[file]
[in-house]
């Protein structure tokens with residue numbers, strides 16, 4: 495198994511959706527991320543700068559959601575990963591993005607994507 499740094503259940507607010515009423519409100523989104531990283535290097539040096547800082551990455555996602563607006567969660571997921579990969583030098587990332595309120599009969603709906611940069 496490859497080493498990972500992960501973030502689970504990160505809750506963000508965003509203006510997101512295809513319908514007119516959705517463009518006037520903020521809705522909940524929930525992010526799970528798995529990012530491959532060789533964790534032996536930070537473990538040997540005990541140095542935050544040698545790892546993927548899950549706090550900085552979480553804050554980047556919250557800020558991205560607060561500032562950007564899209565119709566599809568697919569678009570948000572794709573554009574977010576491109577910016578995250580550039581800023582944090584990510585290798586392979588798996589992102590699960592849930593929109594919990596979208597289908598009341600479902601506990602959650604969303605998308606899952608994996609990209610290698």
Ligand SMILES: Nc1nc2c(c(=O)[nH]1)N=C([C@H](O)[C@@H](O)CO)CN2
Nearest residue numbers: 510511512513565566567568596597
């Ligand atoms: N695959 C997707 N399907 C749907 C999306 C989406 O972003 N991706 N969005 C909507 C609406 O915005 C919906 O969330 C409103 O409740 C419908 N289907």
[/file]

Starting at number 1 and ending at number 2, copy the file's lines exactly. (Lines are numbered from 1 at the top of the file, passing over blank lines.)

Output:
[in-house]
């Protein structure tokens with residue numbers, strides 16, 4: 495198994511959706527991320543700068559959601575990963591993005607994507 499740094503259940507607010515009423519409100523989104531990283535290097539040096547800082551990455555996602563607006567969660571997921579990969583030098587990332595309120599009969603709906611940069 496490859497080493498990972500992960501973030502689970504990160505809750506963000508965003509203006510997101512295809513319908514007119516959705517463009518006037520903020521809705522909940524929930525992010526799970528798995529990012530491959532060789533964790534032996536930070537473990538040997540005990541140095542935050544040698545790892546993927548899950549706090550900085552979480553804050554980047556919250557800020558991205560607060561500032562950007564899209565119709566599809568697919569678009570948000572794709573554009574977010576491109577910016578995250580550039581800023582944090584990510585290798586392979588798996589992102590699960592849930593929109594919990596979208597289908598009341600479902601506990602959650604969303605998308606899952608994996609990209610290698």